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    Default Re: Tobacco Flat - My next guitar

    ^Very cool. Thanks for sharing!

    Kevin
    There are two kinds of boaters: those who have run aground, and those who lie about it.

  20. #90
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    Default Re: Tobacco Flat - My next guitar

    Quote Originally Posted by Flying Orca View Post
    New gear is always exciting. Here are my latest:

    Emerald Amicus 12 - a short-scale, unison-course 12-string I've tuned BEADF#B, like a guitar capoed at the 7th fret:

    Attachment 5004
    With a short neck and carbon construction (it appears), that, my friend, is a stable and tough instrument. And, I'll bet, is within airline carryon size limits.
    When you can take the pebble from my hand, it will be time for you to leave.

  21. #91
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    Default Re: Tobacco Flat - My next guitar

    Here is the actual guitar that I crave. I played it last at practice and it felt like a dream and sounded great. Gotta think long and hard about it though. Out of my "disposable" income I just spent $420 on wheel bearings and I owe the great state of TN $145 for enjoying the freedom of the open road at a greater speed than they like, so I gotta think about another $330.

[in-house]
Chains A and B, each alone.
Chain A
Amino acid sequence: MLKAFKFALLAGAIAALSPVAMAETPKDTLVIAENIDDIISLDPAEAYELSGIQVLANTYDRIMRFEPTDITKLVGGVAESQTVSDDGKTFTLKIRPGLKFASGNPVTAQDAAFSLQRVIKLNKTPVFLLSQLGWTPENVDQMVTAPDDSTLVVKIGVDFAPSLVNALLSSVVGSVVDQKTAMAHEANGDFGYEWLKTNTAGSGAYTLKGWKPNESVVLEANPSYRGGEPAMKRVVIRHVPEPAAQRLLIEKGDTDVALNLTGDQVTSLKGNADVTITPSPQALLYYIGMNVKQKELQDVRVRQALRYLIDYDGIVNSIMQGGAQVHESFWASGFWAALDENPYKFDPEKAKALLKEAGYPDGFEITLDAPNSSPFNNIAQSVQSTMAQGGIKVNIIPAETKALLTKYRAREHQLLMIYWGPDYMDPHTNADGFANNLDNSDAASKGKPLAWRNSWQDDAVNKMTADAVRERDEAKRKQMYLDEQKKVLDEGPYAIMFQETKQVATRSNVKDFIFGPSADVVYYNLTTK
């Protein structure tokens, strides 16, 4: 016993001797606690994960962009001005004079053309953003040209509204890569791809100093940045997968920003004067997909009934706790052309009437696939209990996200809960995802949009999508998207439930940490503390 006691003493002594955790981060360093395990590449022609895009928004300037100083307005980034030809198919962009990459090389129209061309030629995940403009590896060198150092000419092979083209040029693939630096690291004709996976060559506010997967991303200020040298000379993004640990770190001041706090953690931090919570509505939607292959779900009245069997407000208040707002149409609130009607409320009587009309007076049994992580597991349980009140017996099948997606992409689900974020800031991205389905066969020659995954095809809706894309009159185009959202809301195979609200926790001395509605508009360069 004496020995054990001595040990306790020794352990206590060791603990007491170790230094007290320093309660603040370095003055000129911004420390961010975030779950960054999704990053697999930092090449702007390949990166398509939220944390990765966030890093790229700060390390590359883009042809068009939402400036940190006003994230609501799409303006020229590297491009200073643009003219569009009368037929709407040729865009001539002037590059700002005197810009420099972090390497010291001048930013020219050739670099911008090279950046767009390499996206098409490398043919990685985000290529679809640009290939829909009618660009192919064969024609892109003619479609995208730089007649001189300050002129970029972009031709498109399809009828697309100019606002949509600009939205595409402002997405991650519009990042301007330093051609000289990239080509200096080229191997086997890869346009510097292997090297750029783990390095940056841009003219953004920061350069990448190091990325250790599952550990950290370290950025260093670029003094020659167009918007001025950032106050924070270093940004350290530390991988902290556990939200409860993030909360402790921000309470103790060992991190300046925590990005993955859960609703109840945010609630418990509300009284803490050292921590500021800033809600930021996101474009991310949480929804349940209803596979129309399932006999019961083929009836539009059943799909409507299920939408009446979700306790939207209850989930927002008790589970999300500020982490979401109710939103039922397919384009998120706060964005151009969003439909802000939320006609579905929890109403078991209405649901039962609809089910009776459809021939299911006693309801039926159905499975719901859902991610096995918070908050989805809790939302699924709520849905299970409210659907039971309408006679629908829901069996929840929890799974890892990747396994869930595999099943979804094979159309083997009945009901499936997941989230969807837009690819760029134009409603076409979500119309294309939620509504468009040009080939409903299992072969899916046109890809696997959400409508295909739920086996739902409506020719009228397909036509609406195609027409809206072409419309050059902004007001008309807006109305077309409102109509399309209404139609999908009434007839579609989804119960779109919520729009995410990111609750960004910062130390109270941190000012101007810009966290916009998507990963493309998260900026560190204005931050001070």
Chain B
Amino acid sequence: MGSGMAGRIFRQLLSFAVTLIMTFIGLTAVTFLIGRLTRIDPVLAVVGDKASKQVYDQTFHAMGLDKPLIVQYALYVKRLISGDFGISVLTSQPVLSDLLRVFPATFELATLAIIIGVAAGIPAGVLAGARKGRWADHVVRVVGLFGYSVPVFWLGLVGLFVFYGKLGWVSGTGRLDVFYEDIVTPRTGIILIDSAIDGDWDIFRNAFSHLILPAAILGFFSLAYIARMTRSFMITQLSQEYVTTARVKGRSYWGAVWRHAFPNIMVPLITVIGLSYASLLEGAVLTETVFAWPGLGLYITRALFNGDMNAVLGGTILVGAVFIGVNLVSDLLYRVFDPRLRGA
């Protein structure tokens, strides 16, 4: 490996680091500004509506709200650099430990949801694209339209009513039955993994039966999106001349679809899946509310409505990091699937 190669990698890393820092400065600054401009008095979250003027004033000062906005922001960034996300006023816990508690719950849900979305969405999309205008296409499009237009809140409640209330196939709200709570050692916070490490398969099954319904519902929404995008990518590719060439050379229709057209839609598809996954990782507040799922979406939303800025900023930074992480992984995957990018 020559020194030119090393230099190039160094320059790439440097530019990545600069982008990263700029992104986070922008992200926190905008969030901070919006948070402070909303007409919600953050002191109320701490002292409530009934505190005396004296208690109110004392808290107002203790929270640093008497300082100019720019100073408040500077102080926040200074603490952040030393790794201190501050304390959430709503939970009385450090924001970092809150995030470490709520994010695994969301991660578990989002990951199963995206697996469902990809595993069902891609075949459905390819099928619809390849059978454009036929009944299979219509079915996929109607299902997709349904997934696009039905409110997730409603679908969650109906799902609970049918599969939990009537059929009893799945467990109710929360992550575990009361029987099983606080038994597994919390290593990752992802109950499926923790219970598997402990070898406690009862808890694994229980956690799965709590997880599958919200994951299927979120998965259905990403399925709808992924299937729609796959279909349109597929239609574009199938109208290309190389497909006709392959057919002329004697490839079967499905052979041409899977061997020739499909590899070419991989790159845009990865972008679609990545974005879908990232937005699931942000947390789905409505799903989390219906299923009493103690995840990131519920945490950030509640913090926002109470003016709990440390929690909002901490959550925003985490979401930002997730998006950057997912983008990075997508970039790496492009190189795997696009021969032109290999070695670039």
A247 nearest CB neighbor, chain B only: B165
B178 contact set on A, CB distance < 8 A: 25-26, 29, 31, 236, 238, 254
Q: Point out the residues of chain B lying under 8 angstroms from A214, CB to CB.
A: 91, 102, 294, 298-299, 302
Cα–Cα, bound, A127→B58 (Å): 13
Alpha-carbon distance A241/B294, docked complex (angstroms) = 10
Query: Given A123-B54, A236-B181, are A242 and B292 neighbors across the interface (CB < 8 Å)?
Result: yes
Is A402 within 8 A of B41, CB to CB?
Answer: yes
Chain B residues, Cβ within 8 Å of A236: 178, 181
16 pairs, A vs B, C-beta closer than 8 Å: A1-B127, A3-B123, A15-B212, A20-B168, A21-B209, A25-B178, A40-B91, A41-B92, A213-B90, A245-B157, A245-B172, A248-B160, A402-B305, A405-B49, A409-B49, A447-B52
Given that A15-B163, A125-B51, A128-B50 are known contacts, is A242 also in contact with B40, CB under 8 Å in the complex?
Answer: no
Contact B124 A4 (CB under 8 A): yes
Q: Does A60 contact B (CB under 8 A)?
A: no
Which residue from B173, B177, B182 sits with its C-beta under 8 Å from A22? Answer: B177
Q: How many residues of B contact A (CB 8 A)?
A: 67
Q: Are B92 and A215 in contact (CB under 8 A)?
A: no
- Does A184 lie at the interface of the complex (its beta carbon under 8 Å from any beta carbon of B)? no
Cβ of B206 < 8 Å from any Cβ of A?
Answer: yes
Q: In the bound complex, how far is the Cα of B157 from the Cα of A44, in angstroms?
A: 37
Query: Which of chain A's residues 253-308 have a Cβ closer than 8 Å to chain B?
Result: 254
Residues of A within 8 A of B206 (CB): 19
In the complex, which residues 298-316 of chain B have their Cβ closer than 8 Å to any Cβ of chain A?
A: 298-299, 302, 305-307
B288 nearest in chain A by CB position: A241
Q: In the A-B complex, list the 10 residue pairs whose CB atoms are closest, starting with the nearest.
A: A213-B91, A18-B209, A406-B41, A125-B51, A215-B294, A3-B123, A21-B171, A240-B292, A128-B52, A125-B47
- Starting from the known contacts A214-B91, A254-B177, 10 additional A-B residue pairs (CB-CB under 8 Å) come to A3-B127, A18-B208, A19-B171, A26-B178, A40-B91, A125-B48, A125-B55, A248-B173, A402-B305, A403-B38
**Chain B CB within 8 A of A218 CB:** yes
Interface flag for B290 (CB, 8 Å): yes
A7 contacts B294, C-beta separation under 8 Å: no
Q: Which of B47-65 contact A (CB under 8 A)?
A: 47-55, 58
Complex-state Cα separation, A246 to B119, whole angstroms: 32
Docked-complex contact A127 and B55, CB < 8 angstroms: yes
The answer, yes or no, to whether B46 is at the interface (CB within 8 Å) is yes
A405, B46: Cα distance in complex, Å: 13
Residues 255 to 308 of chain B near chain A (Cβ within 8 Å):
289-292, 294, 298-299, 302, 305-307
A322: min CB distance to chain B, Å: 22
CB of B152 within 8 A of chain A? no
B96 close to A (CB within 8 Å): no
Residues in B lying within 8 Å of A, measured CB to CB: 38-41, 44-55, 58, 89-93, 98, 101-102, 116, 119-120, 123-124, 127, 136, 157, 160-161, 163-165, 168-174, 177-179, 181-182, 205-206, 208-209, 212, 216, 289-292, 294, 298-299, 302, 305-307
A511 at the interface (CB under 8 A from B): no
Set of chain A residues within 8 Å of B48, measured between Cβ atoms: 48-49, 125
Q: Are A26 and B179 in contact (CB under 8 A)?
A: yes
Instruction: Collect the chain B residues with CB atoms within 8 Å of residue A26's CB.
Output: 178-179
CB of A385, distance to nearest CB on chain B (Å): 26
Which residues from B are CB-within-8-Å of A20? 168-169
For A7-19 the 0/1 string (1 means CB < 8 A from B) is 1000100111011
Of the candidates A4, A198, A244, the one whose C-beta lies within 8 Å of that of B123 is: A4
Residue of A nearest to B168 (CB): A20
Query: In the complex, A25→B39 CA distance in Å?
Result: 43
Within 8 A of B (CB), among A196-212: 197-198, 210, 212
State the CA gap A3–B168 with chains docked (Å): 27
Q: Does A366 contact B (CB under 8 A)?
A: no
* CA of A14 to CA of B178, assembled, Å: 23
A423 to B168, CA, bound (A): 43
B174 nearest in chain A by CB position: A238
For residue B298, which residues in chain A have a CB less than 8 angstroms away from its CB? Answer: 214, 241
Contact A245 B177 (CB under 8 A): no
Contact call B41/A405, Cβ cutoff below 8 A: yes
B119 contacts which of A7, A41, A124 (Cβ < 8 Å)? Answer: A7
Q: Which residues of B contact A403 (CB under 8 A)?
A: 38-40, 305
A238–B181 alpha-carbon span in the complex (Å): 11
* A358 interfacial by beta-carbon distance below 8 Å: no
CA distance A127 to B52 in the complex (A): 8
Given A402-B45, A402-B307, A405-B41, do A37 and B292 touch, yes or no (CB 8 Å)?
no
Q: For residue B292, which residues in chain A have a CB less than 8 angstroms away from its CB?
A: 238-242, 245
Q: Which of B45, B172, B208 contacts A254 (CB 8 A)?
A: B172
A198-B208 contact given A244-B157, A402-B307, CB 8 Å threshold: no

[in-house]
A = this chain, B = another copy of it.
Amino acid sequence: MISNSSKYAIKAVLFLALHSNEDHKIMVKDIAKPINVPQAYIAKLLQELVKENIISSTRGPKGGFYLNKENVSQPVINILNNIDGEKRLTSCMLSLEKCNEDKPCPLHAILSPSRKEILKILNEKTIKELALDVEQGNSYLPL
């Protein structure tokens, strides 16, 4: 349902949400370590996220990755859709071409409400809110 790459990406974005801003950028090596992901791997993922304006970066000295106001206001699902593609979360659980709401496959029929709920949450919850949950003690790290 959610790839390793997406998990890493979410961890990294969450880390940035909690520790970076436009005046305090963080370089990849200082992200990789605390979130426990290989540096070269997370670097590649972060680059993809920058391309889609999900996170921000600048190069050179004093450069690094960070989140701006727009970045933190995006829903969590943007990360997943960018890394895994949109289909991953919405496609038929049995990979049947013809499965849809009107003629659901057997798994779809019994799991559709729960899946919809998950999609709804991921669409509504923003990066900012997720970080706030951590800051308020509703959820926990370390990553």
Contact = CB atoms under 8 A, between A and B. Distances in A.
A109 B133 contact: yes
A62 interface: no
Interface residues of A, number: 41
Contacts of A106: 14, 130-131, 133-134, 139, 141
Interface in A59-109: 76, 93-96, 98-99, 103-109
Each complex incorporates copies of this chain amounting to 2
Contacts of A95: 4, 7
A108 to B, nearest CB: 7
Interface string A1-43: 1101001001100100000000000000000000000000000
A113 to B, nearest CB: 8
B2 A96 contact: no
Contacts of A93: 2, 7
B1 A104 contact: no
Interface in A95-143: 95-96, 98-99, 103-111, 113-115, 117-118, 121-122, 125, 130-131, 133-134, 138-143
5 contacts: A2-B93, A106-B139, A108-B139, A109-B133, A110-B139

Chad
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  22. #92
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    Default Re: Tobacco Flat - My next guitar

    Quote Originally Posted by Bob (oh, THAT Bob) View Post
    With a short neck and carbon construction (it appears), that, my friend, is a stable and tough instrument. And, I'll bet, is within airline carryon size limits.
    I haven't checked, but yeah, it might be. Most airlines will let you carry on a full-sized guitar these days, though. I have to confess I've never tried, but I'm given to understand it's become quite acceptable.

    What are you doing about it?




  23. #93
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    Default Re: Tobacco Flat - My next guitar

    Quote Originally Posted by CWSmith View Post
    I listened to that video again and I confess that I liked the sound of it. I assume those extra strings resonate and give the guitar an extra tone or sustain? That might be the first recording I've heard that was clear enough to appreciate the instrument.
    Sympathetic resonance helps, I think, but they're also played as bass strings. Here's one of my favourite harp guitar videos:


    What are you doing about it?




  24. #94
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    Default Re: Tobacco Flat - My next guitar